Later in the afternoon Ivan Tse engaged Fred Boltz, Joanna Messing, and Laurence Tubiana in a discussion about climate grant-making. The conversation highlighted the need for a new narrative, one that does not seek to instill fear or simplify the challenges we face, but that provides a vision, is pragmatic about choices, and provides ‘signals’ that help us adopt much needed behavior changes. The panel agreed that while there have been bold steps taken by some foundations, we urgently need to align around shared objectives vis-à- vis global warming if we are to build a movement. Philanthropy has the unique ability to provide risk capital that can be used to help fill key gaps in the ‘climate community’ (i.e., scientific research and innovation) and that can be used to leverage other capital sources. The sector needs to foster a more comprehensive and cohesive funding ecosystem and a more deliberate and coherent approach to systemic challenges.

Following on the point about the funding ecosystem, Mindy Lubber was interviewed by Jens Nielsen regarding mainstream market vehicles to combat climate change. She challenged foundations and funders to think beyond their grant-making capital and focus on their endowments and investment capital – strategically applying those funds, which often represent up to 95% of the foundation’s resources. Leveraging the over US$1 trillion in foundation endowments would not only make a bold statement, it could also help to transform systems.

A panel that included David Fenton, Miranda Massie, Michael Mathres, and Torben Wind shifted the conversation to public engagement, communications, and education. Fenton noted the necessity for simple and repetitive messaging and he urged philanthropists to invest in public messages to raise awareness and build demand for new policies and other approaches to address global warming. Both Wind and Massie are involved in artistic efforts to engage the public in thinking about climate change and what all of us ordinary citizens can do to combat it. They echoed Fenton’s call for simple, repetitive messaging, and noted further the deep desire and need for emotional, physical, and social learning that comes with creative exploration. They agreed that changing the public understanding and engagement would begin to change the broader ecosystem in which policy and business decisions are made. Given that projections are that agriculture will be responsible for 75% of emissions by 2050, Mathres spoke more specifically about food and agriculture and the urgent need to transform the food system and move toward climate smart agriculture. Food touches all of us – it is central to the climate change conversation and it demands public engagement.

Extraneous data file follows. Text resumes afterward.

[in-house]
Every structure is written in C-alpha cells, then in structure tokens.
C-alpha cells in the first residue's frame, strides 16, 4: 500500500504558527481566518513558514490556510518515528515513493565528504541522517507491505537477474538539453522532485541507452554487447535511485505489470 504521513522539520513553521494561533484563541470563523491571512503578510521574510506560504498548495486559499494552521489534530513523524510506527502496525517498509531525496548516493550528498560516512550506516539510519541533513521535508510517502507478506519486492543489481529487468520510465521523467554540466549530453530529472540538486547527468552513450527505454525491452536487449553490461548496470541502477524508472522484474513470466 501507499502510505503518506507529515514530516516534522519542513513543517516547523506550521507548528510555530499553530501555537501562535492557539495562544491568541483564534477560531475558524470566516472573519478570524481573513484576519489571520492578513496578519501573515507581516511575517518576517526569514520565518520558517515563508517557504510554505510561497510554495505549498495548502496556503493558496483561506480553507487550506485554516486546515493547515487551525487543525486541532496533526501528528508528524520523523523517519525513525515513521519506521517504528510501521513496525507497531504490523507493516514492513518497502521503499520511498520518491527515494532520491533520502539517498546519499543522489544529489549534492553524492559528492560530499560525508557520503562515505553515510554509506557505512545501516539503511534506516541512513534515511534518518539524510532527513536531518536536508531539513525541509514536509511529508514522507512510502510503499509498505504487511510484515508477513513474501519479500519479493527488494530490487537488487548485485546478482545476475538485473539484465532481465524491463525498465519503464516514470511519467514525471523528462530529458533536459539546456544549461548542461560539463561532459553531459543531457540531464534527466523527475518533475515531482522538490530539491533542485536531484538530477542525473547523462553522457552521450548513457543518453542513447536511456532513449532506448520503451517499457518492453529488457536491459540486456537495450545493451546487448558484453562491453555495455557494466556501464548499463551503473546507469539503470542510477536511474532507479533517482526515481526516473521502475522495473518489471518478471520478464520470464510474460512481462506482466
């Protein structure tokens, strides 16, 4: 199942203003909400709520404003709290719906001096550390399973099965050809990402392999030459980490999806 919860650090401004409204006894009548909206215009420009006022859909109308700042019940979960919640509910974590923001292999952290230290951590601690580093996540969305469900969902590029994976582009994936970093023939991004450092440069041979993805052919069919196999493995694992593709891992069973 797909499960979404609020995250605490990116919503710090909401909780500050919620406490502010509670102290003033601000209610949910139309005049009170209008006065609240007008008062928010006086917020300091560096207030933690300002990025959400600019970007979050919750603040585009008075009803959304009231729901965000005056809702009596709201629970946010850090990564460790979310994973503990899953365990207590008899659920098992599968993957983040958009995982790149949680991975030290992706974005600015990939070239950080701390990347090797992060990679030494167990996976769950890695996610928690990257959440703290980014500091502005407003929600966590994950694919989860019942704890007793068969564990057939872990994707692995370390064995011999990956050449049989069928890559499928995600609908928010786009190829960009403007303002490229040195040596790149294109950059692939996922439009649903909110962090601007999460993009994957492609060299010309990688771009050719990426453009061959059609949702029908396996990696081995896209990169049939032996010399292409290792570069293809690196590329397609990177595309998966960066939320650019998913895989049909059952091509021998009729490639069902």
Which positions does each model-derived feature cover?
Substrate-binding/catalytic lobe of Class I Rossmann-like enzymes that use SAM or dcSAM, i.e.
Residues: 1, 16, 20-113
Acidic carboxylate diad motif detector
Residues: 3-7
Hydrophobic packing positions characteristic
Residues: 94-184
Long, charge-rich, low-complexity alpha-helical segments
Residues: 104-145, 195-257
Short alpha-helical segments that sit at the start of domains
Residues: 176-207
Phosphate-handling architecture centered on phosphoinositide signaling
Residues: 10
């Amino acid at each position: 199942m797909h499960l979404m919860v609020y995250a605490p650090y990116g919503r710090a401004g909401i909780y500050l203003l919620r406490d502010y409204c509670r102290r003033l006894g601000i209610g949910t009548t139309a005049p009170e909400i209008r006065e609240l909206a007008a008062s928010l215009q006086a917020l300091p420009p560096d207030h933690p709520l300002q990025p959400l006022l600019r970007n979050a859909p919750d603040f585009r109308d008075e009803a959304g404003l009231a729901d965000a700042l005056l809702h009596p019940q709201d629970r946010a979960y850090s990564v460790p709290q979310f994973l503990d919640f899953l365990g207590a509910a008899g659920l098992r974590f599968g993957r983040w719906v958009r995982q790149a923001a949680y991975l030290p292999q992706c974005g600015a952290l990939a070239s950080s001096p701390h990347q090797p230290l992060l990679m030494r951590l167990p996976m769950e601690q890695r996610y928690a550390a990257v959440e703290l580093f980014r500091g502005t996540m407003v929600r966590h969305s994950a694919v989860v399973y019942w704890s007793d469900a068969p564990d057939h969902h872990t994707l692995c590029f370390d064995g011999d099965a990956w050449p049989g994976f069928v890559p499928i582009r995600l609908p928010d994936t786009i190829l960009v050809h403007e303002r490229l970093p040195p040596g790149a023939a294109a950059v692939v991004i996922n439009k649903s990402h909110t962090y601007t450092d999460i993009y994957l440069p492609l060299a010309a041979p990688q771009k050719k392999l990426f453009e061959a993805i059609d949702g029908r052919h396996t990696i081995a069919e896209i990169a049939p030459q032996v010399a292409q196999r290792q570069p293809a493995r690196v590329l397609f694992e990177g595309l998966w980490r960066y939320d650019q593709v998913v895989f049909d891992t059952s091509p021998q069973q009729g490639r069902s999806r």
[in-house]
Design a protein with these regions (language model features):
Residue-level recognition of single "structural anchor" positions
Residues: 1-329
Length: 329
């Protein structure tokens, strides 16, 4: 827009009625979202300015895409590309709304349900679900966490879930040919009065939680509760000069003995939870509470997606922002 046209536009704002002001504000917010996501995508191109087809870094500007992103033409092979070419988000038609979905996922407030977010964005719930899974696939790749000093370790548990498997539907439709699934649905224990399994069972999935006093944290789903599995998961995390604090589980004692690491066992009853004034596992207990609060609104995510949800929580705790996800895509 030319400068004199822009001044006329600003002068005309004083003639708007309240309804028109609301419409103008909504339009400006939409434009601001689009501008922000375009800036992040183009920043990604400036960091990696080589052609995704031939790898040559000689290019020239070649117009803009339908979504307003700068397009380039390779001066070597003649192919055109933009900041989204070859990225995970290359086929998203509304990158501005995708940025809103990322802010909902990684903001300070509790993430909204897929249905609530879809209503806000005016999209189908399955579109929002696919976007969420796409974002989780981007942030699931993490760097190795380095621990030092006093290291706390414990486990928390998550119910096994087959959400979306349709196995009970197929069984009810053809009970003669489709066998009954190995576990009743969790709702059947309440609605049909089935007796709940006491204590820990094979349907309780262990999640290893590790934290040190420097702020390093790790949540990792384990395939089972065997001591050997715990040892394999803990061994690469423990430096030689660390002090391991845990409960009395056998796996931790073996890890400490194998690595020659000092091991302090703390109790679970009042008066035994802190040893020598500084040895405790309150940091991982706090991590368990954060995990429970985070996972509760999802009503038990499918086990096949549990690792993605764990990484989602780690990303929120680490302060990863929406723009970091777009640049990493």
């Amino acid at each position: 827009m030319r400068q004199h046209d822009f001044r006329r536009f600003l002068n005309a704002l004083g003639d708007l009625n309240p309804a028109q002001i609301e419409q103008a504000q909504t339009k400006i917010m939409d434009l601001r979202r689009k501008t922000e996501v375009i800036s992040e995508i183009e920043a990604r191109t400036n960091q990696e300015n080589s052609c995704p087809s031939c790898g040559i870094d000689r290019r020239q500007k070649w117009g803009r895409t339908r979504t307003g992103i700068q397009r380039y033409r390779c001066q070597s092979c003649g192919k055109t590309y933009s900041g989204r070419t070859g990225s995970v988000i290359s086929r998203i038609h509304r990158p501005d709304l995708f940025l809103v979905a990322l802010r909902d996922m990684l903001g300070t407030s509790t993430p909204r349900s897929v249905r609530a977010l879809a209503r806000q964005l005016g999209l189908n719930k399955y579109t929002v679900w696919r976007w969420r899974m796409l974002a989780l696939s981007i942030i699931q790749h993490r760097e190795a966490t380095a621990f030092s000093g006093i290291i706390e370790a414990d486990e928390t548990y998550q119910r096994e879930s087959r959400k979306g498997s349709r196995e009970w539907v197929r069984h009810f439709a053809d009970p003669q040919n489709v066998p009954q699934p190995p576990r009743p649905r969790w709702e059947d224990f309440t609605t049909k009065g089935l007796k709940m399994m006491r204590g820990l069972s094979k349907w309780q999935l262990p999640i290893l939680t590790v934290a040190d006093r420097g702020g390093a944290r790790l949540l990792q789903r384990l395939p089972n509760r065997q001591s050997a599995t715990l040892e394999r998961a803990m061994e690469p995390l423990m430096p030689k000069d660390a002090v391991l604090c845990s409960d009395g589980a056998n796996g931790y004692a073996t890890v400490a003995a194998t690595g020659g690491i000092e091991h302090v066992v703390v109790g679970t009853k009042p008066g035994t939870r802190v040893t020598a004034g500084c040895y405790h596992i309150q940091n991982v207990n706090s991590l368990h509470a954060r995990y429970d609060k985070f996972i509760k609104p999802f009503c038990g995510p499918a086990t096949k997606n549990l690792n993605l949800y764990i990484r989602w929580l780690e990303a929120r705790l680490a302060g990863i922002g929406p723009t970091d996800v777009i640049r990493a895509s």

In the day’s final panel, Nancy Smith spoke with Terry Tamminen, Shawn Reifsteck, and Gregory Lopez about how to move beyond incremental change to achieve transformation. Echoing the earlier conversation about climate grant-making, all agreed that the philanthropic sector must engage in strategic agenda-setting and in building coalitions and alliances. Tamminen also recalled previous comments about harnessing markets and pointed to efforts underway to design new investment vehicles to bring more investors into the climate space. Reifsteck urged philanthropists to consider other forms of ‘capital’ at their disposal as well, namely in the form of ideas, influence, and networks that can all be more effectively and strategically leveraged. Lopez agreed, noting the power of individual voices and the need for the philanthropic community to be ready to act when the public gets energized.

The afternoon closed with a brief preview of the Climate Action Platform by Brad Smith and an invitation from Ivan Tse to those present to stay involved with the Climate Action Pledge.